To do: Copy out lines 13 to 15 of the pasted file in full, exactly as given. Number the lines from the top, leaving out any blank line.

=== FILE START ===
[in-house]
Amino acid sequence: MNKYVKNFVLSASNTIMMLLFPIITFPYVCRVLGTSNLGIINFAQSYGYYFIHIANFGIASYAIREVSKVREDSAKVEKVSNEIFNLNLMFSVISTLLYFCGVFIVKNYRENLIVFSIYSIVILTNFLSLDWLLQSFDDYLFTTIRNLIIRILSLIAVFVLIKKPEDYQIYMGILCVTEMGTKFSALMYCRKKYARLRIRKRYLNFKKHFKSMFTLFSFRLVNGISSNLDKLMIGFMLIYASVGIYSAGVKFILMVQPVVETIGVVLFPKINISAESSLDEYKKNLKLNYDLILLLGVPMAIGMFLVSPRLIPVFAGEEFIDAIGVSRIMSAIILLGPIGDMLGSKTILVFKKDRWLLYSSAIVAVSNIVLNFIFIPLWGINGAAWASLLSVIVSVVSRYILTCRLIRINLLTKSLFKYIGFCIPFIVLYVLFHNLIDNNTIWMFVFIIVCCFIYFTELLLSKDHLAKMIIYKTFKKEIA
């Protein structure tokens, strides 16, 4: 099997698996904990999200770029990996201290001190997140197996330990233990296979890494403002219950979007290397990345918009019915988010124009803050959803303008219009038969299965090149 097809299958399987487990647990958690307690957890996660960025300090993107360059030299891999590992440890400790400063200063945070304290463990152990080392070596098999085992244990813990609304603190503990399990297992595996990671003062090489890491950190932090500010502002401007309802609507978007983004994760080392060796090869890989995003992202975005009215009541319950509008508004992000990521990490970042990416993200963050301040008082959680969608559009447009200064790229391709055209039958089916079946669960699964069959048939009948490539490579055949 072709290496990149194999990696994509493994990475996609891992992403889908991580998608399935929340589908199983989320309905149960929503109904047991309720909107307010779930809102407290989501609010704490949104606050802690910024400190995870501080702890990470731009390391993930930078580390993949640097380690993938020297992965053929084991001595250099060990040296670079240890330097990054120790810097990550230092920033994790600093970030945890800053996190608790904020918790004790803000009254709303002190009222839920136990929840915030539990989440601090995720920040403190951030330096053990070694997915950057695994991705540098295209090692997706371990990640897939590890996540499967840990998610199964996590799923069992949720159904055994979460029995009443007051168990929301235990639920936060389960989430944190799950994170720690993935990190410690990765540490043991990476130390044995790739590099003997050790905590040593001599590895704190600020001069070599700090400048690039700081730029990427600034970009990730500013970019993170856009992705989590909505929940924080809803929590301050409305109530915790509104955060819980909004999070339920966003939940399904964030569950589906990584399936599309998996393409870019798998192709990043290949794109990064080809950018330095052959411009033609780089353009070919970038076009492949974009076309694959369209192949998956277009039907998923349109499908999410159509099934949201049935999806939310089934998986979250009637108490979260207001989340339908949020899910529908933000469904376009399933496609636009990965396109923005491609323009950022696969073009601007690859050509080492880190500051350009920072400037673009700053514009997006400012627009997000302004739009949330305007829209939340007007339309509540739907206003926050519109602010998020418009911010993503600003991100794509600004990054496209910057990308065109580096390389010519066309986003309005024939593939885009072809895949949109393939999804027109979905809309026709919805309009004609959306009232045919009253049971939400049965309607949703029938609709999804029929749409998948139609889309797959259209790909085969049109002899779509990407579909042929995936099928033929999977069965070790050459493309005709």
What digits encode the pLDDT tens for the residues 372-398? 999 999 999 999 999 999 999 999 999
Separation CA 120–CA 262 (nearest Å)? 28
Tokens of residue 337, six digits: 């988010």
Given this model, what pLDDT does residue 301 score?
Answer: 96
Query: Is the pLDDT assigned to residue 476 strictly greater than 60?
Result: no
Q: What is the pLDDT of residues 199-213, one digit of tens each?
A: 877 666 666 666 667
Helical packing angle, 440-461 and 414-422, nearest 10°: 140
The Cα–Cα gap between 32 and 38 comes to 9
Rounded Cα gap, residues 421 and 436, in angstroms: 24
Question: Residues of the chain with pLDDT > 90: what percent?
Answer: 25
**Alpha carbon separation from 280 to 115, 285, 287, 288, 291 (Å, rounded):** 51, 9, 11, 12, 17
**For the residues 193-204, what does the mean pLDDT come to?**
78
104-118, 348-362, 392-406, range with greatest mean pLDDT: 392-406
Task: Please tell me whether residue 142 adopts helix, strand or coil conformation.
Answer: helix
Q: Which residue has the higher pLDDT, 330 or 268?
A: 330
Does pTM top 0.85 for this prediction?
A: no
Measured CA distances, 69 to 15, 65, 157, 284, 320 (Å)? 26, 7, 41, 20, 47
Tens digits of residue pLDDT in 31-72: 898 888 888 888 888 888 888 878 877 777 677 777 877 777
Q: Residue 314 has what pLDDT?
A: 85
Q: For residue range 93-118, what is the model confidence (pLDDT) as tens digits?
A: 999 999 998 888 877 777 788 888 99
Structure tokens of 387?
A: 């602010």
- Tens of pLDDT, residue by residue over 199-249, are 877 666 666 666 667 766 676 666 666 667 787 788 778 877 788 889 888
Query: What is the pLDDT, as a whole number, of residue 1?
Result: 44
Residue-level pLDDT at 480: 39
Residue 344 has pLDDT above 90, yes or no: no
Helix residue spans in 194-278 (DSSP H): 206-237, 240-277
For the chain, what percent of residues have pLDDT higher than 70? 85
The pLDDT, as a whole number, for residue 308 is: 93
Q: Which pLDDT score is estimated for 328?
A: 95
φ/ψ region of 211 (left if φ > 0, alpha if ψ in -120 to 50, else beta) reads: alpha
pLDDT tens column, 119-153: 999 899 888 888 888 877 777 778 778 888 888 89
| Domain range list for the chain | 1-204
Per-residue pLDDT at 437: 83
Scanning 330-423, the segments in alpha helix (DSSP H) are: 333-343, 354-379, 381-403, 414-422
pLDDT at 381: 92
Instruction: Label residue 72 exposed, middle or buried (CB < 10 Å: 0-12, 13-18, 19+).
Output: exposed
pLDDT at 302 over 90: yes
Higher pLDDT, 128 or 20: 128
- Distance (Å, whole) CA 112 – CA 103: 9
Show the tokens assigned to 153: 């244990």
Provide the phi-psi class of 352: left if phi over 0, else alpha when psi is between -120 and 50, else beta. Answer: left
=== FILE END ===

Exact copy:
Helical packing angle, 440-461 and 414-422, nearest 10°: 140
The Cα–Cα gap between 32 and 38 comes to 9
Rounded Cα gap, residues 421 and 436, in angstroms: 24